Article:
European Union enlargement commissioner Guenter Verheugen is warning Central and East European candidate countries about what he calls damaging links between the old political nomenklatura of communist days and new economic structures. RFE/RL correspondents Breffni O'Rourke and Ahto Lobjakas examine Verheugen's concerns.
Brussels, 27 July 2000 (RFE/RL) -- Guenter Verheugen, the European Union commissioner in charge of eastward enlargement, has told candidate countries to keep communist-era nomenklatura out of their economies and politics.
Verheugen delivered the unusually blunt warning in Brussels this week during a presentation of an enlargement-related study.
He said not all candidate countries satisfied the so-called "Copenhagen" criteria for enlargement: democracy, the rule of law, respect for human rights, and respect for and protection of minorities. The economic criteria include the need to have a functioning market economy as well as the ability to cope with competitive market pressures within the EU.
He added that in some candidate states, there are what he described as "damaging" links between the old political nomenklatura and new economic structures.
Verheugen says the commission will keep a close eye on developments and publish its findings in the annual progress reports on candidates, expected in October. He did not say which candidate countries he had in mind.
Verheugen's spokesman Reijo Kemppinen tells RFE/RL that Verheugen's warning is not an off-hand remark and should be taken seriously. Verheugen voiced similar concerns a week ago (20 July) in London. Speaking at a lunch attended by the ambassadors of all 13 candidate countries -- including Cyprus, Malta, and Turkey -- he said the EU would not tolerate a situation where certain political circles controlled parts of the economy. This observation, he said, did not apply only to the Ukraine or Russia, but also to some Eastern candidates. Again, Verheugen did not specify which countries he had in mind.
Krassen Stanchev, the director of the Bulgarian Institute of Market Economy, says Verheugen may well be concerned by what he has seen in the negotiation process with the candidates:
"He is summarizing the general impression from the negotiation procedures, in that you have on Brussels' part an accumulation of experiences which creates a negative impression, a feeling of something wrong going on, that negotiations on harmonization of laws and other things is taken more as a ritual instead of being really implemented."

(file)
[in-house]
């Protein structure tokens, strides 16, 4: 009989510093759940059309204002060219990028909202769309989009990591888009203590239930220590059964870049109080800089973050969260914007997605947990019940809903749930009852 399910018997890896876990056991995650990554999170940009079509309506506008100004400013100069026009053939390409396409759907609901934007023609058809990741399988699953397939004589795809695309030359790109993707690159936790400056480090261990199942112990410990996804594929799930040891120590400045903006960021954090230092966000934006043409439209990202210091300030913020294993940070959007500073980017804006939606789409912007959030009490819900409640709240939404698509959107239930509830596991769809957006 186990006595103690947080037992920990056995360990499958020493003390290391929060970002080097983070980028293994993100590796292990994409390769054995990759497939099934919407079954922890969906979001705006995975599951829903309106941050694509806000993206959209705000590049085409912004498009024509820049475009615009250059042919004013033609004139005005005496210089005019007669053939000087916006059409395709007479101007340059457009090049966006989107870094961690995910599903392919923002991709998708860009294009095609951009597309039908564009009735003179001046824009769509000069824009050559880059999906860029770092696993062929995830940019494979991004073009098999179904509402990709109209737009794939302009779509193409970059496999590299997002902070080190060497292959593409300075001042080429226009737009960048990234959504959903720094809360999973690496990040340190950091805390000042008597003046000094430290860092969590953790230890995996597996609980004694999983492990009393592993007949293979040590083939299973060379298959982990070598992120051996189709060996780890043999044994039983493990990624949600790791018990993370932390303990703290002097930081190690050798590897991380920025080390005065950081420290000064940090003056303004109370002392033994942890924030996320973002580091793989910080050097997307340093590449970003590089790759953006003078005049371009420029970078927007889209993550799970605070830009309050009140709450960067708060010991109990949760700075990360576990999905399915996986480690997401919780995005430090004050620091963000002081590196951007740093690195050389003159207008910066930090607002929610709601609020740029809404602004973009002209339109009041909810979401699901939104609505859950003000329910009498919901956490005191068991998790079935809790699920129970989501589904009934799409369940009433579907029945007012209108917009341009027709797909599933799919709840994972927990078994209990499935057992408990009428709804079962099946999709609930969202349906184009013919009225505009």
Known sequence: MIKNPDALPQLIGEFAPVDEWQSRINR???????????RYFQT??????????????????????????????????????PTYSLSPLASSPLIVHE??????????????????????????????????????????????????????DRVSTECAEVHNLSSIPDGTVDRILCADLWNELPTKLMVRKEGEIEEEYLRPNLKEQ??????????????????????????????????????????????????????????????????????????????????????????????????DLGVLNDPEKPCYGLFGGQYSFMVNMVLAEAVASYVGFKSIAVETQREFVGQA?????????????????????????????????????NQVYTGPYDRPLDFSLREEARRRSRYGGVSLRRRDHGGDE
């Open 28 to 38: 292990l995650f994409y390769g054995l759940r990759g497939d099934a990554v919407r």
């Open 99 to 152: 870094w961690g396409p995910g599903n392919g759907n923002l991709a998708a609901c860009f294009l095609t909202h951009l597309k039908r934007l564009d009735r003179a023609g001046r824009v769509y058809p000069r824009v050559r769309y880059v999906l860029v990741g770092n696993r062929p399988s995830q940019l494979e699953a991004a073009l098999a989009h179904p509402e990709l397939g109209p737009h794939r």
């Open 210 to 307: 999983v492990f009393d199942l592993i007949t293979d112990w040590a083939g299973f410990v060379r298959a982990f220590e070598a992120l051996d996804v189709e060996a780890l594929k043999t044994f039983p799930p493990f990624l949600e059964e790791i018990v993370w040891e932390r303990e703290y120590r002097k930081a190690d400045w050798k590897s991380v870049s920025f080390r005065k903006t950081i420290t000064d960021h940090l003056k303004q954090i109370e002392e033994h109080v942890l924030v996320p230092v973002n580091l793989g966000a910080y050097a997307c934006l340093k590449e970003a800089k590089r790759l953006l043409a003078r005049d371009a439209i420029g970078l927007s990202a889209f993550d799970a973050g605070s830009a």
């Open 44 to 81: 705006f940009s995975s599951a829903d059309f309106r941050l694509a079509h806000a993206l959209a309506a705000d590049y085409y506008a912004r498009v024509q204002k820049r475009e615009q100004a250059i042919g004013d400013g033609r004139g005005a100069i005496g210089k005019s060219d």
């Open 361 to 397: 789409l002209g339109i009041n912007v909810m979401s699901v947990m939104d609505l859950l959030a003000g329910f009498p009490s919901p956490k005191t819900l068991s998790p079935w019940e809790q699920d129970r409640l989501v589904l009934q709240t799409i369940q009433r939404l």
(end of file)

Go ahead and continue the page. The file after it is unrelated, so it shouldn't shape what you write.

Stanchev says in a number of Central and East European countries, when the old system collapsed, the former political establishment retained much decision-making and economic power. He says participation of the broader society and new business elements in the planning of reform has been relatively limited.
Another analyst, Brussels-based Nicholas Whyte of the European Policy Center, says in terms of the over-concentration of economic power, Slovenia is a clear example:
"Nobody looks at Slovenia and says that's an undemocratic country.
On the other hand, the economy is not as open as it could be, and it is a question of the extent to which the EU's Copenhagen criteria are observed; namely that there should be a functioning market economy. One of the things for which Slovenia has been regularly criticized in the EU accession reports is that control of the economy is concentrated in too few hands and that it is not open for most Slovenians themselves to break into, let alone sufficiently for investment from the outside world."
Stanchev also sees "old-style" thinking as a barrier to economic progress. He says in Bulgaria, for example, the authorities are incapable of understanding and promoting necessary projects like joint ventures in the electrical power sector. He says other candidate countries also offer examples of how the presence of the old-style mentality has complicated progress.
As to what is to be done, Stanchev says he does not see a "quick-fix" solution. But he says there are some transparency measures which can be taken as essential steps. He lists the measures:
"These standards are: openness of government decision-making, access to government information, and preliminary impact analyses of regulations. And gradually I think these will open-up the government process and will set new standards for administrations to meet."
Analyst Whyte says the old nomenklatura system cannot in the long run survive in an open and free market system. Therefore, he notes, the development of a healthy entrepreneurial culture is a basic requirement.
He also says that the long process of EU accession itself will, to a certain extent, break down the problem in time.